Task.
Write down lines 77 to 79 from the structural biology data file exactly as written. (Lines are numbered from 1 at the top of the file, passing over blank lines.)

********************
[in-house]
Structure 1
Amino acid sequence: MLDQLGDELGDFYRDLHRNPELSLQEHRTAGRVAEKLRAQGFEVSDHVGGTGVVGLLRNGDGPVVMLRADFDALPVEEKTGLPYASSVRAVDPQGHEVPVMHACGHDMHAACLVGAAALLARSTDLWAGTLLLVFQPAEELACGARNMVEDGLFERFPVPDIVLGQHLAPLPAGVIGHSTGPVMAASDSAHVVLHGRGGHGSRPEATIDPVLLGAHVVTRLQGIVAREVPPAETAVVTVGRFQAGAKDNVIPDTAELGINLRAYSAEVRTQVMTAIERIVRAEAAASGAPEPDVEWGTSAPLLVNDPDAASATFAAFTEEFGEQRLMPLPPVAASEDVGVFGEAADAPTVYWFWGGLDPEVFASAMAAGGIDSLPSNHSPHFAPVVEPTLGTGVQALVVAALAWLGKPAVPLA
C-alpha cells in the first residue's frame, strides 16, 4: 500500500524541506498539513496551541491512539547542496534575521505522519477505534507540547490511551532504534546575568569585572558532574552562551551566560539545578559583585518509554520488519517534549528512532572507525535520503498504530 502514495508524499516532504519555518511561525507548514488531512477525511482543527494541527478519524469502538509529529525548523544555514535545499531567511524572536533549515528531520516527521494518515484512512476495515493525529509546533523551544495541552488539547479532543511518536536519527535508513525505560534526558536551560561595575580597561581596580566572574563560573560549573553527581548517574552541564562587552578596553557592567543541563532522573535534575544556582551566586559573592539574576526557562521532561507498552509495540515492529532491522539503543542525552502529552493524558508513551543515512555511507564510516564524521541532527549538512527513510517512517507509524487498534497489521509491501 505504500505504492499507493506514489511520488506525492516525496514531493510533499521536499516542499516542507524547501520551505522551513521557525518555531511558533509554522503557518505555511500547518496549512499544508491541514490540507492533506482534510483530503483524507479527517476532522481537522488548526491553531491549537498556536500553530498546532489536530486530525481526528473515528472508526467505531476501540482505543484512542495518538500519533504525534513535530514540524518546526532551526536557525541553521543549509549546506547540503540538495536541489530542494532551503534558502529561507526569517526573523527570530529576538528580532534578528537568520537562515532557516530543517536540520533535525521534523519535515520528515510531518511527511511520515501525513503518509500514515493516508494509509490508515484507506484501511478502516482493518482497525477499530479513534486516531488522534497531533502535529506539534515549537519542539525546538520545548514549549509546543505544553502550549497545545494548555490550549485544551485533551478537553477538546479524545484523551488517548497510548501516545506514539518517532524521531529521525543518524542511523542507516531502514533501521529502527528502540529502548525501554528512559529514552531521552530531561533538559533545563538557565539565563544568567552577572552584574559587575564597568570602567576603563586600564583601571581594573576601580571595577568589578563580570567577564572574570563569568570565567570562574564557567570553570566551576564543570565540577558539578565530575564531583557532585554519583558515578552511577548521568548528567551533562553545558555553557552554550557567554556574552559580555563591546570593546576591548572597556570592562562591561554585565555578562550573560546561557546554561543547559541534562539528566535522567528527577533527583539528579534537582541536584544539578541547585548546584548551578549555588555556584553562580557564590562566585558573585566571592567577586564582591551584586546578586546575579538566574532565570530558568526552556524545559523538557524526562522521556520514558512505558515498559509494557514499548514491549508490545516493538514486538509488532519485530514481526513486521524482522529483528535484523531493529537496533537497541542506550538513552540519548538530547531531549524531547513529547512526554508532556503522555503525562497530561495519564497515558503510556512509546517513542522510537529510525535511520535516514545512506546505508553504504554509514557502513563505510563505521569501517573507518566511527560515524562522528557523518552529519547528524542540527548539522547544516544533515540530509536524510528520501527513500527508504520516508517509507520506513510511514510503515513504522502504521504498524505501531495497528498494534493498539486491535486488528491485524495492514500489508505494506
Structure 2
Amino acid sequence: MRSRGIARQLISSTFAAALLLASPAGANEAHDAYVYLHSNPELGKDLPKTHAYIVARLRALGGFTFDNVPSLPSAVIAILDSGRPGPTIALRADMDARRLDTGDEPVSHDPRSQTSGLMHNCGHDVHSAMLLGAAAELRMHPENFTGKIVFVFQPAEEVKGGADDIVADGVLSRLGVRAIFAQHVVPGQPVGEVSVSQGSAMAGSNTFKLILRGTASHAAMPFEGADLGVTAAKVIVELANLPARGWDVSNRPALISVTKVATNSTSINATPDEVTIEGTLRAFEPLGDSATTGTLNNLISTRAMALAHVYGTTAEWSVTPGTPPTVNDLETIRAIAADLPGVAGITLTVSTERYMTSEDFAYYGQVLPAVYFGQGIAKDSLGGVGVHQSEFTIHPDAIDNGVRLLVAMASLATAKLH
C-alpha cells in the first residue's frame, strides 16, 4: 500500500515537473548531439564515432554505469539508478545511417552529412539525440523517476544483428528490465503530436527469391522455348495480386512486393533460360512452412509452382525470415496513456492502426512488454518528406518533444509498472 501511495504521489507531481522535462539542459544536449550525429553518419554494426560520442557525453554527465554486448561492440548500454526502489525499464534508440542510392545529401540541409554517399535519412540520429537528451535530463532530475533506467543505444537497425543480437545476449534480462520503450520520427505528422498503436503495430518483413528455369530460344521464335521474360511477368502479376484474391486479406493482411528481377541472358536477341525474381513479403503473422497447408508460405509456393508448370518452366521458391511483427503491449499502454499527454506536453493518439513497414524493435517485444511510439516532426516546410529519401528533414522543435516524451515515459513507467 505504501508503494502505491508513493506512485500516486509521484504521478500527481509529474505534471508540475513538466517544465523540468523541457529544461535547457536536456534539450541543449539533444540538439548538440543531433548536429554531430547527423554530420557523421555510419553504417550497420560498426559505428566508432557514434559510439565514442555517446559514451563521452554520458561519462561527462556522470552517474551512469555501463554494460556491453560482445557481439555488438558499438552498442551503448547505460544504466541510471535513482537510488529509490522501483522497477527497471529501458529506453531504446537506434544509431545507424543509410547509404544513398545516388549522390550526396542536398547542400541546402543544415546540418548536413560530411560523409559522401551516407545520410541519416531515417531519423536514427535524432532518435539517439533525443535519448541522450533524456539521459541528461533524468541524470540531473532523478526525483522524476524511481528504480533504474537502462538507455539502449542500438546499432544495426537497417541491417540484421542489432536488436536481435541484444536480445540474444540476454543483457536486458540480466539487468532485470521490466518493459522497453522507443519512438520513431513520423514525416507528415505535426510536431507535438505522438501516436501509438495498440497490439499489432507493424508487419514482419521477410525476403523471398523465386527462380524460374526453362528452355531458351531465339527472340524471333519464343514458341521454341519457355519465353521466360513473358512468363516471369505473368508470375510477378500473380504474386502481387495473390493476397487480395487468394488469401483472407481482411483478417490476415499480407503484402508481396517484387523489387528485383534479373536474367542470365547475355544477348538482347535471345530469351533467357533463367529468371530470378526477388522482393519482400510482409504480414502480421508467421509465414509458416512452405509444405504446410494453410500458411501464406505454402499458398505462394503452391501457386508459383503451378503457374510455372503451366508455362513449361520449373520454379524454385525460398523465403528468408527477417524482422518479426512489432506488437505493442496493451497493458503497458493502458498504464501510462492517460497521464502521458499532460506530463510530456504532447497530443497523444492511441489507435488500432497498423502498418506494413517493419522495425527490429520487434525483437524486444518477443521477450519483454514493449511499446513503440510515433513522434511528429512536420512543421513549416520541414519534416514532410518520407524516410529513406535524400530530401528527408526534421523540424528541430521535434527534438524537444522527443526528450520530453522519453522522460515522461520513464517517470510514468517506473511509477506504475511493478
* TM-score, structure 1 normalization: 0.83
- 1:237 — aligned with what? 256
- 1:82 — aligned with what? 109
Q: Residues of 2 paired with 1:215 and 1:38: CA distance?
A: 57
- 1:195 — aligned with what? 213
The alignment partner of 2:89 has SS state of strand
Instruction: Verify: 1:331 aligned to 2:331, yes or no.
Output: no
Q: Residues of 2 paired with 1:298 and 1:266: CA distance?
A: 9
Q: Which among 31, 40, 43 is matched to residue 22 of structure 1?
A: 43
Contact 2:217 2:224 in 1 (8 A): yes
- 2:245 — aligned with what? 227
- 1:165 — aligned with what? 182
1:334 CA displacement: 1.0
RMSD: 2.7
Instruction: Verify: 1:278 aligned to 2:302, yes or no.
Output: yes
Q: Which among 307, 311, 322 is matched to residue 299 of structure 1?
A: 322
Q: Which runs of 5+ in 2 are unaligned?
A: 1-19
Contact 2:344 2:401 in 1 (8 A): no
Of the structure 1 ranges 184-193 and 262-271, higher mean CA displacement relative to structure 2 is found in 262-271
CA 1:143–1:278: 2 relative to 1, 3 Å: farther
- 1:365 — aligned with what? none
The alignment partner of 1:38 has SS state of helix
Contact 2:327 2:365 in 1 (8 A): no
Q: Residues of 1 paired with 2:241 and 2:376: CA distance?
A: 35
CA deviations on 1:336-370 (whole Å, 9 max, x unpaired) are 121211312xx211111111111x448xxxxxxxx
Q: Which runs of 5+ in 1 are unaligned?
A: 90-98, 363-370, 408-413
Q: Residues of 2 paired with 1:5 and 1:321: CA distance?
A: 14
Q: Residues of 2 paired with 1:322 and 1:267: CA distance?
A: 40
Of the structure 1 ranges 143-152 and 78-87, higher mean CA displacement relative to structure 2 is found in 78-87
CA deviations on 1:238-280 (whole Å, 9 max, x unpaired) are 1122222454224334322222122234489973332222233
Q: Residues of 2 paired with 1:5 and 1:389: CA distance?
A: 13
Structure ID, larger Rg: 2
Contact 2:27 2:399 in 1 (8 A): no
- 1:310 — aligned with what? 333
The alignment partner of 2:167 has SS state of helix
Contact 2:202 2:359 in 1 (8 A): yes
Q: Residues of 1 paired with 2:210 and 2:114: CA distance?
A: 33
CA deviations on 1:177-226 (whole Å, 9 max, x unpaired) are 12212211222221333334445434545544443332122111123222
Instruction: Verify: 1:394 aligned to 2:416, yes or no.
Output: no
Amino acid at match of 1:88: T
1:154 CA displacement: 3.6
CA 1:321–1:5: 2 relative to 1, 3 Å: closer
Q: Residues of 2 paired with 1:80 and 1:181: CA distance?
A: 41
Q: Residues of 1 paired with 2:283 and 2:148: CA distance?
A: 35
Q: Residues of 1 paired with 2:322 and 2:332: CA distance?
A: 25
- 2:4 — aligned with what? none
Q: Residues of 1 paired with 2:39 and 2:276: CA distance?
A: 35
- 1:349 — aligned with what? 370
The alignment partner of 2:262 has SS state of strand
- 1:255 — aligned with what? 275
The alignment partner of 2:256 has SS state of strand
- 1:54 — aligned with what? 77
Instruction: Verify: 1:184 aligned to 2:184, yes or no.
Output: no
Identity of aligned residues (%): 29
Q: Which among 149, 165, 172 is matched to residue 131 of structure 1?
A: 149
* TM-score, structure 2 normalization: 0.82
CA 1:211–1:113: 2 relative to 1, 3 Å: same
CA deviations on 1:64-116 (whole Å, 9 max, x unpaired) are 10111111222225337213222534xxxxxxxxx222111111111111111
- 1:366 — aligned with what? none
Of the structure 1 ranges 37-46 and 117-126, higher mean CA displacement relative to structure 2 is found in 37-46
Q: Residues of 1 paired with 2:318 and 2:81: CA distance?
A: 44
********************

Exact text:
- 1:54 — aligned with what? 77
Instruction: Verify: 1:184 aligned to 2:184, yes or no.
Output: no